Notice here that no one had to say “hmmm, black people aren’t really human, lets buy them.” We would like to think of it that way because it is easier to distance ourselves from someone who is abjectly racist. But that is not the reality, they simply took the most cost effective route to building economic capital, much like we would think of buying a tractor or new tools.

Through their need to make their stolen land profitable, they increased demand for human capital, buying people as objects who would be trapped in intergenerational slavery…meaning that purchasing a female slave and raping her was incentivized because her child was born a slave and belonged to you. In this way, the early dehumanization and objectification of Women of Color is deeply embedded in the U.S. economy. Learn their names and histories. Say their names.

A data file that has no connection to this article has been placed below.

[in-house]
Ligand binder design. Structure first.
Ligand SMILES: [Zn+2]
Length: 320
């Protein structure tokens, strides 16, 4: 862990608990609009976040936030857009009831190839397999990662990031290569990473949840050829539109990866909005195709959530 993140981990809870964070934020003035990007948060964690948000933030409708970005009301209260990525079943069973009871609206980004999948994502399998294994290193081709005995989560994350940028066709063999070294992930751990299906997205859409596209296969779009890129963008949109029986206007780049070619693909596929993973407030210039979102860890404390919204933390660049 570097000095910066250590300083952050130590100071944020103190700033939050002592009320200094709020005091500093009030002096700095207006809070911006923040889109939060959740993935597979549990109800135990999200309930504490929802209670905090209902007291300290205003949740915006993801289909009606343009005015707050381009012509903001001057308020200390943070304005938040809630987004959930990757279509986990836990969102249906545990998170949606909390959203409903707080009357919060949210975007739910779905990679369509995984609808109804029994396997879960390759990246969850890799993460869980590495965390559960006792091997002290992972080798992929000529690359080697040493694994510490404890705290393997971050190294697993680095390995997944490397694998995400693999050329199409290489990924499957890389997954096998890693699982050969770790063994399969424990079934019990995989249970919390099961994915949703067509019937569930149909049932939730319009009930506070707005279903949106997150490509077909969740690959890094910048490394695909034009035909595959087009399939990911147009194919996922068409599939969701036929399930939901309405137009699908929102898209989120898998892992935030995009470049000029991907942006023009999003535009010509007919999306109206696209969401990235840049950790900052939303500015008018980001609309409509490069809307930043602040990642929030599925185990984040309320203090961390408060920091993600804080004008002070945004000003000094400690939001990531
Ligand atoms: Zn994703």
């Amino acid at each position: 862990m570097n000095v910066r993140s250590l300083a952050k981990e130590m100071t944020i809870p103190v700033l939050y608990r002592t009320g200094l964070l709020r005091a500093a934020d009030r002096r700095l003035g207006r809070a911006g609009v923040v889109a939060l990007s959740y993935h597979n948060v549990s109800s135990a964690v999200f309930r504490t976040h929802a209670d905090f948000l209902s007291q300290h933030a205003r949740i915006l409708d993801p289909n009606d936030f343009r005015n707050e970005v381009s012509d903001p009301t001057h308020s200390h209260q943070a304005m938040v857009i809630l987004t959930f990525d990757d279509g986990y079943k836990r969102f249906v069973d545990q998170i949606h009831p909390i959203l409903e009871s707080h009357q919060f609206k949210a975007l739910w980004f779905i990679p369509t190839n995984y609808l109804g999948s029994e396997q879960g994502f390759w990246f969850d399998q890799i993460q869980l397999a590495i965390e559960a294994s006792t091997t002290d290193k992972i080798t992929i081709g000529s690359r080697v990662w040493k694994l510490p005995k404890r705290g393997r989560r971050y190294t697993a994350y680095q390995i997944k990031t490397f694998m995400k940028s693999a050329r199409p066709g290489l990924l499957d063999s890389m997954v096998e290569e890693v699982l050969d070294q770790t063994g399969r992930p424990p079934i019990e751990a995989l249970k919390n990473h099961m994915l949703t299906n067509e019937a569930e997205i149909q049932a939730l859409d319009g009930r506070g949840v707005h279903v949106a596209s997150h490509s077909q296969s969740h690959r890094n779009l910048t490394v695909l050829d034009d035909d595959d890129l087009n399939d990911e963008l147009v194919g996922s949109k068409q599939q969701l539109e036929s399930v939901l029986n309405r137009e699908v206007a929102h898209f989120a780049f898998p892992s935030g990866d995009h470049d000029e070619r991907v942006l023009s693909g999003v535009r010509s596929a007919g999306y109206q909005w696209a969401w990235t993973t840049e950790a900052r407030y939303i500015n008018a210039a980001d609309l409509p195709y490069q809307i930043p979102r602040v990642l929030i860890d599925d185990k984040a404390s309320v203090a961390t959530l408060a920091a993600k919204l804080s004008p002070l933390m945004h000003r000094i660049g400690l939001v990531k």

Increasingly, Black people became marketable objects under the guise of practicality and properly “stewarding” land that colonizers believed that God had intended them to have. The byproduct however, of buying and treating black people as property, is the elevation of Whiteness over anyone who was not White. The enslavement and high demand for cheap and forced labor was the single largest factor for moving the  the United States from an agricultural economy to an industrial economy because of the exporting of cotton.

10 million enslaved African people purchased on blocks as objects as the backbone of our entire historic economy.

The love of money is the root of all kinds of evils.

Divide and Conquer

European colonizers now had a different problem- they were outnumbered. Both European low wage laborers (soldiers, manual laborers, etc), indentured servants, poor whites, and tenant farmers joined the fight for greater freedom as enslaved Africans began to revolt.  The U.S. colonizers, fearing the loss of their property, money, and general livelihood, responded with a tactic that, to this day, is employed to hinder racial and socio-economic justice: divide and conquer.